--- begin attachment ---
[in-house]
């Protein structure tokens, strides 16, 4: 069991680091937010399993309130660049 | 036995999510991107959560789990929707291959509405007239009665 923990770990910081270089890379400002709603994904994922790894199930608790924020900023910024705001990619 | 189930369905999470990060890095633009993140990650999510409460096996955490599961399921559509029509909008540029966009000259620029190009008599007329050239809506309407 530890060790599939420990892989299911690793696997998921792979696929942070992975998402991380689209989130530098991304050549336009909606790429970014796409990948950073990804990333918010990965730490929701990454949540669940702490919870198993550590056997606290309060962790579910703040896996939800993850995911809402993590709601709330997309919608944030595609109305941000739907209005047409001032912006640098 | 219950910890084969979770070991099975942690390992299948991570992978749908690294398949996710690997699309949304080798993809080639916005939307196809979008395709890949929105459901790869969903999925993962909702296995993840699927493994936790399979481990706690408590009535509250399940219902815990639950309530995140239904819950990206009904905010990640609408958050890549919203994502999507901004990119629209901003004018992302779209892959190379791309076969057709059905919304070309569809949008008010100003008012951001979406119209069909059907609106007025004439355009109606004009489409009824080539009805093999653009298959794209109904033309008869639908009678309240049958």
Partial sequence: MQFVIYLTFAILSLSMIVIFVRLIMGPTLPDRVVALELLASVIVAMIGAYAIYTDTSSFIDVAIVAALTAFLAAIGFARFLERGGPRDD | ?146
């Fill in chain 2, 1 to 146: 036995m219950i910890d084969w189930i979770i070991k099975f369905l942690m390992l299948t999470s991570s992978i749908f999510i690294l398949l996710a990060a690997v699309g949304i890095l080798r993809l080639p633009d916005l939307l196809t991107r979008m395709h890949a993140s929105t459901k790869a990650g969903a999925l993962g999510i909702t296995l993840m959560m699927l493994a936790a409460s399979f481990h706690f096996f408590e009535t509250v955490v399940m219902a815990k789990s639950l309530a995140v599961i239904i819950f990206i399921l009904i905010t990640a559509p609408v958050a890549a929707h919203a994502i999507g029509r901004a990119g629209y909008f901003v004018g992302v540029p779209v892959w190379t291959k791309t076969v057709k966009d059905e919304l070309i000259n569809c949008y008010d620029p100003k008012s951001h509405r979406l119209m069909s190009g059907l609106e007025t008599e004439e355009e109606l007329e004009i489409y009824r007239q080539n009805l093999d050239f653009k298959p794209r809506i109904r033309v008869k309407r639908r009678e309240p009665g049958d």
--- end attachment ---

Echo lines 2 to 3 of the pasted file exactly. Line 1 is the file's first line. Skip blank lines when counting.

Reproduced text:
């Protein structure tokens, strides 16, 4: 069991680091937010399993309130660049 | 036995999510991107959560789990929707291959509405007239009665 923990770990910081270089890379400002709603994904994922790894199930608790924020900023910024705001990619 | 189930369905999470990060890095633009993140990650999510409460096996955490599961399921559509029509909008540029966009000259620029190009008599007329050239809506309407 530890060790599939420990892989299911690793696997998921792979696929942070992975998402991380689209989130530098991304050549336009909606790429970014796409990948950073990804990333918010990965730490929701990454949540669940702490919870198993550590056997606290309060962790579910703040896996939800993850995911809402993590709601709330997309919608944030595609109305941000739907209005047409001032912006640098 | 219950910890084969979770070991099975942690390992299948991570992978749908690294398949996710690997699309949304080798993809080639916005939307196809979008395709890949929105459901790869969903999925993962909702296995993840699927493994936790399979481990706690408590009535509250399940219902815990639950309530995140239904819950990206009904905010990640609408958050890549919203994502999507901004990119629209901003004018992302779209892959190379791309076969057709059905919304070309569809949008008010100003008012951001979406119209069909059907609106007025004439355009109606004009489409009824080539009805093999653009298959794209109904033309008869639908009678309240049958």
Partial sequence: MQFVIYLTFAILSLSMIVIFVRLIMGPTLPDRVVALELLASVIVAMIGAYAIYTDTSSFIDVAIVAALTAFLAAIGFARFLERGGPRDD | ?146